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Food for thought

By Blackmore Vale Magazine  |  Posted: November 02, 2012

SERVING UP A TREAT: The @dorsetchefs group - who are serving up an amazing gourmet meal next week in aid of two charities, were all together earlier this year, judging the Great Taste Awards at the Guild of Fine Food at Wincanton. Pictured, from left, are, Russell Brown of Sienna, JP de Ronne of Chesil Beach Cafe, Brett Sutton of The Eastbury, Mat Follas, Mark Hammick and David Mason.

SERVING UP A TREAT: The @dorsetchefs group - who are serving up an amazing gourmet meal next week in aid of two charities, were all together earlier this year, judging the Great Taste Awards at the Guild of Fine Food at Wincanton. Pictured, from left, are, Russell Brown of Sienna, JP de Ronne of Chesil Beach Cafe, Brett Sutton of The Eastbury, Mat Follas, Mark Hammick and David Mason.

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FOOD FOR THOUGHT Bored with dull cheese

RIGHT now at Guild of Fine Food HQ, we're up to our earlobes arranging delivery of 3,000 cheeses from 31 different countries competing in this year's World Cheese Awards at the BBC Good Food Show in Birmingham. So you can imagine my excitement when Karen Barnes, editor of delicious magazine invited me to join her in taste-testing 14 supermarket cheese board selections. You know the type of thing, four or five cheeses in a box, ready to serve and as it's the run-up to Christmas, several came complete with fancy wooden cheese boards, bottles of wine and even some pickle.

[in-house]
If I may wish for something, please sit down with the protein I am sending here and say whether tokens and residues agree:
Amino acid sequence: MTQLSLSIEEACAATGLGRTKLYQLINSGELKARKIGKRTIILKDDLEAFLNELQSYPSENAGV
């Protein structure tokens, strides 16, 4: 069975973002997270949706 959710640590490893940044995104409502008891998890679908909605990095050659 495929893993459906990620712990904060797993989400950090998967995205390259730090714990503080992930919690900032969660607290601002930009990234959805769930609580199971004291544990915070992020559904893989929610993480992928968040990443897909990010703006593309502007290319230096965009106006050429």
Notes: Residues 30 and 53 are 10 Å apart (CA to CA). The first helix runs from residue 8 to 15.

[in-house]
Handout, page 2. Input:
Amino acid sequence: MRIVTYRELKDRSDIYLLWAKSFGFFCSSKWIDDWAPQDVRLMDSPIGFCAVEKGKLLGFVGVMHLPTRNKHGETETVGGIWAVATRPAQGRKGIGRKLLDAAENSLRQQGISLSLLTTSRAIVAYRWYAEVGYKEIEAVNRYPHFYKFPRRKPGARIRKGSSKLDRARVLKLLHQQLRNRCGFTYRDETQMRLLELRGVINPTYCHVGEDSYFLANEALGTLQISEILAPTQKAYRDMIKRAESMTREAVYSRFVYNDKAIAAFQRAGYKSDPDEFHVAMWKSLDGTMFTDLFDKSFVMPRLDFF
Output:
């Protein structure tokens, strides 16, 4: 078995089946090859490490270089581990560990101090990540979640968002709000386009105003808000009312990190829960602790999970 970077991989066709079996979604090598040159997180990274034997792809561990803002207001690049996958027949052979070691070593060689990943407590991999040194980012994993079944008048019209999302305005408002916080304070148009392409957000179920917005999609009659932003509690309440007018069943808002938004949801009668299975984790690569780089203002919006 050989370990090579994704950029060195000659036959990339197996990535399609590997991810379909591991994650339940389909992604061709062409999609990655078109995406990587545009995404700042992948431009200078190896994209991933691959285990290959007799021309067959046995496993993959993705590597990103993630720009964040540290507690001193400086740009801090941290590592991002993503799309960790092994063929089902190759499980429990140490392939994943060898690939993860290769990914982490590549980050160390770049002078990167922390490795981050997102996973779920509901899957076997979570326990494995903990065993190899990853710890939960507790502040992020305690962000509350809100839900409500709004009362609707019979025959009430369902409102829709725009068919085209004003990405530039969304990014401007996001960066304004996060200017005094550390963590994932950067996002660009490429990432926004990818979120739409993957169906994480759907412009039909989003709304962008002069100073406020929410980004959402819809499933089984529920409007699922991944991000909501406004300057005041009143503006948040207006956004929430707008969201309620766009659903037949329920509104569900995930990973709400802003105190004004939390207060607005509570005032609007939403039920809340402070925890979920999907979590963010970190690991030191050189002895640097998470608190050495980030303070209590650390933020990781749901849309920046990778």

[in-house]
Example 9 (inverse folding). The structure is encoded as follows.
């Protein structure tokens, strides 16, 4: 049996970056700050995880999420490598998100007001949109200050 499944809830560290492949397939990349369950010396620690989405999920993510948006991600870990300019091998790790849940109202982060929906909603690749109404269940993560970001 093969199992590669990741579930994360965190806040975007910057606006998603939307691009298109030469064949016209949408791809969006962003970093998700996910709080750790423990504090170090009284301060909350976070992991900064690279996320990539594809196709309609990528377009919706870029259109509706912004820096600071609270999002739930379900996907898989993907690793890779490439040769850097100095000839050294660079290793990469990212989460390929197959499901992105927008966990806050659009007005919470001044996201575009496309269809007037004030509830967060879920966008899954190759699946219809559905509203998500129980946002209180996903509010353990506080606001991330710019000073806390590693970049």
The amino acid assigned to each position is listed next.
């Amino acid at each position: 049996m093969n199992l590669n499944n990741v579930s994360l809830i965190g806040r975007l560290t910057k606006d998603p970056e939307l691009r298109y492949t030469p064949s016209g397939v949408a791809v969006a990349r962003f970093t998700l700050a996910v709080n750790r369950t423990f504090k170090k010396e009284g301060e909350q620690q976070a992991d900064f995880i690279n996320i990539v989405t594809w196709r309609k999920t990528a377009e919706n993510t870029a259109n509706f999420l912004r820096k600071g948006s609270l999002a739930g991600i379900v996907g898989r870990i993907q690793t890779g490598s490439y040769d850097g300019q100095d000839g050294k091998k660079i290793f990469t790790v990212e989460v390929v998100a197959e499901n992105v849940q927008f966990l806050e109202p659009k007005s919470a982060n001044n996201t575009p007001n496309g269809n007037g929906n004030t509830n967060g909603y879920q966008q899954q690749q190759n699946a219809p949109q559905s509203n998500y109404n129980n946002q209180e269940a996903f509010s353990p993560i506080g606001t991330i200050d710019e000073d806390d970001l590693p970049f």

These are festive offerings, so I presumed the cheeses would be the cream of the crop. How wrong could I be? Surveying the 14 selections laid out on worktops in the delicious kitchen, they all looked the same. The branding had been removed but weirdly, the choice of cheese on each board was almost identical.

Rarely have this many Red Leicesters been seen together in the same room – there was one on almost every board. A proper Red Leicester is flakey-hard, it breaks in shards from a firm body offering deep, complex flavours and a touch of fresh lemon on the finish. Out of 12 tasted, two hinted they might have been produced on a farm but the rest had been made in factories. All were disappointingly young, moist and pasty, and tasted of nothing at all.

Each selection featured a soft cheese, mostly a Cornish brie that looked more like a camembert than a brie to me. Over half were pungent with ammonia, suggesting they were past their best. Each gave me an unpleasant, unclean ammoniac burn on the finish. The use-by dates were checked, they were all okay and none had been out of refrigeration until an hour or so before the tasting. Not good.

It's almost Christmas, so there had to be Stilton – although three of the 14 boards opted for an alternative blue cheese. Two chose Blacksticks Blue, presumably for its striking orange and blue and there was one Bleu d'Avergne. Each was sweating badly, leaking whey and clearly suffering from the tightness of packaging they'd been stored in.